(Immigration and Asylum Chamber) Appeal Number: PA/08299/2019
THE IMMIGRATION ACTS
Birmingham Civil Justice Centre
Decision & Reason Promulgated
On 15th June 2021
On 24th June 2021
UPPER TRIBUNAL JUDGE MANDALIA
DEPUTY UPPER TRIBUNAL JUDGE SHEPHERD
B M M
(anonymity direction made)
THE SECRETARY OF STATE FOR THE HOME DEPARTMENT
DIRECTIONS AND REASONS
UPON HEARING Mr E Nicholson of counsel on behalf of the appellant and Mr C Bates, Senior Home Office Presenting Officer on behalf of the respondent
AND UPON THE TRIBUNAL treating the hearing listed on the 15th June 2021 as a Case Management Review Hearing
IT IS DIRECTED THAT:
i) The conclusion and directions of Upper Tribunal Judge Lindsley set out in her 'error of law' decision promulgated on 29th September 2020 that:
a. The findings at paragraphs 48, and 53 to 57 of the decision of the FtT regarding the appellant's contact with his family, the extent of any family support available to him, and the documentation available to the appellant are preserved; and
b. the appeal will be re-heard in the Upper Tribunal; and
are set aside.
ii) The appeal is remitted to the First-tier Tribunal for hearing de novo with no findings preserved save that "the appellant had a CSID card which is in Germany".
iii) The appellant shall file and serve a consolidated bundle of the evidence upon which he relies (including background material and an updated witness statement) within 14 days.
iv) The parties shall make enquiries of the German immigration authorities regarding the availability of the appellant's CSID, or a copy thereof. If the appellant's solicitors are able to obtain the appellant's CSID, it shall be held by the appellant's solicitors pending the outcome of the appeal.
v) The parties shall be notified of a hearing date before the First-tier Tribunal in due course. The Tribunal shall arrange a Kurdish Sorani interpreter.
1. The appellant's appeal against the decision of First-tier Tribunal Judge Fowell promulgated on 11th November 2019 was determined by Upper Tribunal Judge Lindsay under Rule 34, without a hearing. She noted that the respondent did not object to the matter being determined on the papers, and that the appellant had requested an oral hearing. She considered the representations made by the parties but concluded that the "error of law" stage of the appeal could be dealt with on the papers as all the necessary arguments had been put forward at length by the appellant's representatives in writing. She went on to find that the decision of First-tier Tribunal Judge Fowell is vitiated by a material error of law. She found that in determining the credibility of the claim, the First-tier Tribunal Judge had proceeded upon mistakes as to the appellant's evidence and made assumptions as to the plausibility of the appellant's account of events. She found the errors to be material to the finding that the appellant is not a credible witness, and she set aside that finding.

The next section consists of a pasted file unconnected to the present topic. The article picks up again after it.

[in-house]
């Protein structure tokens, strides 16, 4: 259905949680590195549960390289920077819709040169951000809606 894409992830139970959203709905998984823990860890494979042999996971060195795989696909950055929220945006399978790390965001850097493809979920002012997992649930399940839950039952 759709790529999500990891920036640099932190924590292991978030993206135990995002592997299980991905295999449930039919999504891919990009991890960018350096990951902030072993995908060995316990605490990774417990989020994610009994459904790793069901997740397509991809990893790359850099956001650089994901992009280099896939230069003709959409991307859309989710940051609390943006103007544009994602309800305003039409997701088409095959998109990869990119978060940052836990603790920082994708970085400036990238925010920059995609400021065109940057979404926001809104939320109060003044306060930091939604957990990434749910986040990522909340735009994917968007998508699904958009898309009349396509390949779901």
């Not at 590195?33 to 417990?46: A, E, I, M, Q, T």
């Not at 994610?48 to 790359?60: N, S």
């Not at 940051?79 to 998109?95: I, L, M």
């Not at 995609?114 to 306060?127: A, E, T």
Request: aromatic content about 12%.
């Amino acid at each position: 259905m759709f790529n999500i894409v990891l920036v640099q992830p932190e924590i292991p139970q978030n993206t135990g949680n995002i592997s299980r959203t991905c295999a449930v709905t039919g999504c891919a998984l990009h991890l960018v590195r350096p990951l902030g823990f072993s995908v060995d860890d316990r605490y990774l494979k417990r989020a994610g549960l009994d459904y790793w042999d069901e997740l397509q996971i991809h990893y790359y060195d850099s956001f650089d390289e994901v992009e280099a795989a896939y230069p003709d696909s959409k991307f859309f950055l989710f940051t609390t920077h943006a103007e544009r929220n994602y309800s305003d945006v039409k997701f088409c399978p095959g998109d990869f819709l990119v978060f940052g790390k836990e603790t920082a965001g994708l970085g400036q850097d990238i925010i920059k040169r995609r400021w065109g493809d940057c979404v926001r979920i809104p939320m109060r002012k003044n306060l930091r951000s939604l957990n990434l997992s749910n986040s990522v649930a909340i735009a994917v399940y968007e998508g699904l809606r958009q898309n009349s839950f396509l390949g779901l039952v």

2. At paragraphs  to  of her decision, Upper Tribunal Judge Lindsley concluded that some of the findings made by the First-tier Tribunal Judge regarding the appellant's contact with his family and the availability of documentation can be preserved. Having set aside the decision of the First-tier Tribunal, Upper Tribunal Judge Lindsley adjourned the remaking of the appeal and made directions for the parties to provide written submissions dealing inter alia with the legal issues, propositions and areas of factual dispute which the Tribunal should resolve in remaking the appeal. She expressed the view that the issue appears to be whether the appellant's protection claim is credible and continues to place him at real risk of serious harm with no sufficiency of protection or reasonable possibility of finding safety. She directed that on receipt of the parties submissions, the Tribunal would consider whether a case management hearing is necessary or whether the appeal can simply be listed for a resumed hearing, either as a remote hearing or a face-to face-hearing so the decision can be remade.